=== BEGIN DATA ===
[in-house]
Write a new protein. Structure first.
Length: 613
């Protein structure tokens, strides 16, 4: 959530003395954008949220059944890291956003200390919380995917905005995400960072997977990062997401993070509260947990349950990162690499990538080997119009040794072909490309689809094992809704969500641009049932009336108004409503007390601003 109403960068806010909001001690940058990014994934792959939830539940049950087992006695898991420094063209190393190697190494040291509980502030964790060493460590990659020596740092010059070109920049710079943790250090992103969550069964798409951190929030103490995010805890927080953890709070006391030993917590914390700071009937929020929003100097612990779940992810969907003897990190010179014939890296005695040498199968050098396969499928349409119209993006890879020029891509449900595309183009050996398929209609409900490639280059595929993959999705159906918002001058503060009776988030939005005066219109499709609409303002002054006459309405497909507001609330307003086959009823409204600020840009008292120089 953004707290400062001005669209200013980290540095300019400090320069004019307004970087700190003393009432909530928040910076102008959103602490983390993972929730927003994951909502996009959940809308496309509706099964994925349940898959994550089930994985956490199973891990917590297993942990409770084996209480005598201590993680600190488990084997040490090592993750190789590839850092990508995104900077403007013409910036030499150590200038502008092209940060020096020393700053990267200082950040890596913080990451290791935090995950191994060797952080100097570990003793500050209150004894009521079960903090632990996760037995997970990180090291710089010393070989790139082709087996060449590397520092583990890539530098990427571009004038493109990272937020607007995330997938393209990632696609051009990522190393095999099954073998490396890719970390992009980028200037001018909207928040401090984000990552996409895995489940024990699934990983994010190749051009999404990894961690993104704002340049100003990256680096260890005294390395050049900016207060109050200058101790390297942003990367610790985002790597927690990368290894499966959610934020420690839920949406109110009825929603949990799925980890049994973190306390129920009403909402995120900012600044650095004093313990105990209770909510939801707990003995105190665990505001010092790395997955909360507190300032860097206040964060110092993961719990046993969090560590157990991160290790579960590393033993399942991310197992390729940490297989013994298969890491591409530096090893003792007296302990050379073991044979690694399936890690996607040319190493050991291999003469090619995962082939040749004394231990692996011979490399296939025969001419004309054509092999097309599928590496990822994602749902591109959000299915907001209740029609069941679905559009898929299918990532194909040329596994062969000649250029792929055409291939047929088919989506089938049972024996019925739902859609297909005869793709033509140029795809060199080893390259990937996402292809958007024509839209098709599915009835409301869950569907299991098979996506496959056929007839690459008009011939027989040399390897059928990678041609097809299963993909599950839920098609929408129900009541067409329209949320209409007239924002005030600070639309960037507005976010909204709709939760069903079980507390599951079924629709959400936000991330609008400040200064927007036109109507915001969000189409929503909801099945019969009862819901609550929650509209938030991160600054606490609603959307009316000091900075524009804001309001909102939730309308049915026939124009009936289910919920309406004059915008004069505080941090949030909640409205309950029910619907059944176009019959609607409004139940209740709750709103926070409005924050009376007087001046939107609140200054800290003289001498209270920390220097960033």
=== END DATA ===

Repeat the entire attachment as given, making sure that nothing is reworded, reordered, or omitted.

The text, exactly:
[in-house]
Write a new protein. Structure first.
Length: 613
């Protein structure tokens, strides 16, 4: 959530003395954008949220059944890291956003200390919380995917905005995400960072997977990062997401993070509260947990349950990162690499990538080997119009040794072909490309689809094992809704969500641009049932009336108004409503007390601003 109403960068806010909001001690940058990014994934792959939830539940049950087992006695898991420094063209190393190697190494040291509980502030964790060493460590990659020596740092010059070109920049710079943790250090992103969550069964798409951190929030103490995010805890927080953890709070006391030993917590914390700071009937929020929003100097612990779940992810969907003897990190010179014939890296005695040498199968050098396969499928349409119209993006890879020029891509449900595309183009050996398929209609409900490639280059595929993959999705159906918002001058503060009776988030939005005066219109499709609409303002002054006459309405497909507001609330307003086959009823409204600020840009008292120089 953004707290400062001005669209200013980290540095300019400090320069004019307004970087700190003393009432909530928040910076102008959103602490983390993972929730927003994951909502996009959940809308496309509706099964994925349940898959994550089930994985956490199973891990917590297993942990409770084996209480005598201590993680600190488990084997040490090592993750190789590839850092990508995104900077403007013409910036030499150590200038502008092209940060020096020393700053990267200082950040890596913080990451290791935090995950191994060797952080100097570990003793500050209150004894009521079960903090632990996760037995997970990180090291710089010393070989790139082709087996060449590397520092583990890539530098990427571009004038493109990272937020607007995330997938393209990632696609051009990522190393095999099954073998490396890719970390992009980028200037001018909207928040401090984000990552996409895995489940024990699934990983994010190749051009999404990894961690993104704002340049100003990256680096260890005294390395050049900016207060109050200058101790390297942003990367610790985002790597927690990368290894499966959610934020420690839920949406109110009825929603949990799925980890049994973190306390129920009403909402995120900012600044650095004093313990105990209770909510939801707990003995105190665990505001010092790395997955909360507190300032860097206040964060110092993961719990046993969090560590157990991160290790579960590393033993399942991310197992390729940490297989013994298969890491591409530096090893003792007296302990050379073991044979690694399936890690996607040319190493050991291999003469090619995962082939040749004394231990692996011979490399296939025969001419004309054509092999097309599928590496990822994602749902591109959000299915907001209740029609069941679905559009898929299918990532194909040329596994062969000649250029792929055409291939047929088919989506089938049972024996019925739902859609297909005869793709033509140029795809060199080893390259990937996402292809958007024509839209098709599915009835409301869950569907299991098979996506496959056929007839690459008009011939027989040399390897059928990678041609097809299963993909599950839920098609929408129900009541067409329209949320209409007239924002005030600070639309960037507005976010909204709709939760069903079980507390599951079924629709959400936000991330609008400040200064927007036109109507915001969000189409929503909801099945019969009862819901609550929650509209938030991160600054606490609603959307009316000091900075524009804001309001909102939730309308049915026939124009009936289910919920309406004059915008004069505080941090949030909640409205309950029910619907059944176009019959609607409004139940209740709750709103926070409005924050009376007087001046939107609140200054800290003289001498209270920390220097960033």